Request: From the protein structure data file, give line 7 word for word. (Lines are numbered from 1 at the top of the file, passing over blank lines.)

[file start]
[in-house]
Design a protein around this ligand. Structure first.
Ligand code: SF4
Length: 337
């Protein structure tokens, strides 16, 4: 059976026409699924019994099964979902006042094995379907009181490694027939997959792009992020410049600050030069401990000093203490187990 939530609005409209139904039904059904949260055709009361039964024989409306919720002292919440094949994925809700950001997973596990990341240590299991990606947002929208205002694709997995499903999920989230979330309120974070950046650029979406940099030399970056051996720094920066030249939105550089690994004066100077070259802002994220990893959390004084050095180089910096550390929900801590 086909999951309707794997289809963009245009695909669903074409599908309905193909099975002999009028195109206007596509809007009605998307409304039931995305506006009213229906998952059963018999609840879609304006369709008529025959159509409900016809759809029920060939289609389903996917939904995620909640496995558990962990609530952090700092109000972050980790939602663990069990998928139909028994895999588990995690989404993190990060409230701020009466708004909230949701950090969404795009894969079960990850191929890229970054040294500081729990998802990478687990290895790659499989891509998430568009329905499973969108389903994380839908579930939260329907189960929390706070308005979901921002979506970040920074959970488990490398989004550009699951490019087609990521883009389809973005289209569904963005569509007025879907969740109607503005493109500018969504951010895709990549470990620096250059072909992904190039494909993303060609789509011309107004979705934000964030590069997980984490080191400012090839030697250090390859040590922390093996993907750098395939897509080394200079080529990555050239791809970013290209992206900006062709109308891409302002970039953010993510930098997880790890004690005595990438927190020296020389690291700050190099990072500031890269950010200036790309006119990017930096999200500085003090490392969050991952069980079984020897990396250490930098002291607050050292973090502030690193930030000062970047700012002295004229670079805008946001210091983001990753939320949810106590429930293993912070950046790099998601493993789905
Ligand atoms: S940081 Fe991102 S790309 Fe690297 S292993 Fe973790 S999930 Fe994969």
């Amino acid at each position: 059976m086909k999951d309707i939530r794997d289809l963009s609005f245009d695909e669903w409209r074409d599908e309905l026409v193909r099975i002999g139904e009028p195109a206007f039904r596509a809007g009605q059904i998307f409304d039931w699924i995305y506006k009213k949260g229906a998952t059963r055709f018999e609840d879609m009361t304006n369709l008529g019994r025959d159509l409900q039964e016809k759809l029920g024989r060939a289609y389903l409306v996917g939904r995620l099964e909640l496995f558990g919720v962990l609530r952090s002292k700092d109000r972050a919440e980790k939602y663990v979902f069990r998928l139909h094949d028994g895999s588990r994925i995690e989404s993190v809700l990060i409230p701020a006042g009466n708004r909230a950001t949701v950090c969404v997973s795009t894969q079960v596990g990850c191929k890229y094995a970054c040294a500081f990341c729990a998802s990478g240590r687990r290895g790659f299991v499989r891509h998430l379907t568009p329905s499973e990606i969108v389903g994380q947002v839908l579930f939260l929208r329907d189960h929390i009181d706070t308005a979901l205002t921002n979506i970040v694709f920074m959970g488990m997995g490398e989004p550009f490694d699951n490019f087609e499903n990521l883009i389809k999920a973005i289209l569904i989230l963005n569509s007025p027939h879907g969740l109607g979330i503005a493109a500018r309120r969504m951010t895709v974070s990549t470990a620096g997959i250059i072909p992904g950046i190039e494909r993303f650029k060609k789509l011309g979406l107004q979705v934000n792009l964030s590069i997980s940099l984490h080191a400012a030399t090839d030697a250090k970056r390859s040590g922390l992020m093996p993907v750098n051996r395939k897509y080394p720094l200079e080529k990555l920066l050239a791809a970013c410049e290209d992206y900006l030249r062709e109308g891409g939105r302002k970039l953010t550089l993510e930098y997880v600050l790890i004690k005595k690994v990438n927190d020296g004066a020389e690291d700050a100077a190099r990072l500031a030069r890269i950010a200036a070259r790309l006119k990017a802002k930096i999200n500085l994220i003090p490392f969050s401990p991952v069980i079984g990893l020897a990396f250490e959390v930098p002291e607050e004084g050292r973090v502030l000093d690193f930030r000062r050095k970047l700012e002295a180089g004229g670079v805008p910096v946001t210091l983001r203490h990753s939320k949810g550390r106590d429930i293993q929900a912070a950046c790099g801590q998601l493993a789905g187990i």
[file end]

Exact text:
């Amino acid at each position: 059976m086909k999951d309707i939530r794997d289809l963009s609005f245009d695909e669903w409209r074409d599908e309905l026409v193909r099975i002999g139904e009028p195109a206007f039904r596509a809007g009605q059904i998307f409304d039931w699924i995305y506006k009213k949260g229906a998952t059963r055709f018999e609840d879609m009361t304006n369709l008529g019994r025959d159509l409900q039964e016809k759809l029920g024989r060939a289609y389903l409306v996917g939904r995620l099964e909640l496995f558990g919720v962990l609530r952090s002292k700092d109000r972050a919440e980790k939602y663990v979902f069990r998928l139909h094949d028994g895999s588990r994925i995690e989404s993190v809700l990060i409230p701020a006042g009466n708004r909230a950001t949701v950090c969404v997973s795009t894969q079960v596990g990850c191929k890229y094995a970054c040294a500081f990341c729990a998802s990478g240590r687990r290895g790659f299991v499989r891509h998430l379907t568009p329905s499973e990606i969108v389903g994380q947002v839908l579930f939260l929208r329907d189960h929390i009181d706070t308005a979901l205002t921002n979506i970040v694709f920074m959970g488990m997995g490398e989004p550009f490694d699951n490019f087609e499903n990521l883009i389809k999920a973005i289209l569904i989230l963005n569509s007025p027939h879907g969740l109607g979330i503005a493109a500018r309120r969504m951010t895709v974070s990549t470990a620096g997959i250059i072909p992904g950046i190039e494909r993303f650029k060609k789509l011309g979406l107004q979705v934000n792009l964030s590069i997980s940099l984490h080191a400012a030399t090839d030697a250090k970056r390859s040590g922390l992020m093996p993907v750098n051996r395939k897509y080394p720094l200079e080529k990555l920066l050239a791809a970013c410049e290209d992206y900006l030249r062709e109308g891409g939105r302002k970039l953010t550089l993510e930098y997880v600050l790890i004690k005595k690994v990438n927190d020296g004066a020389e690291d700050a100077a190099r990072l500031a030069r890269i950010a200036a070259r790309l006119k990017a802002k930096i999200n500085l994220i003090p490392f969050s401990p991952v069980i079984g990893l020897a990396f250490e959390v930098p002291e607050e004084g050292r973090v502030l000093d690193f930030r000062r050095k970047l700012e002295a180089g004229g670079v805008p910096v946001t210091l983001r203490h990753s939320k949810g550390r106590d429930i293993q929900a912070a950046c790099g801590q998601l493993a789905g187990i």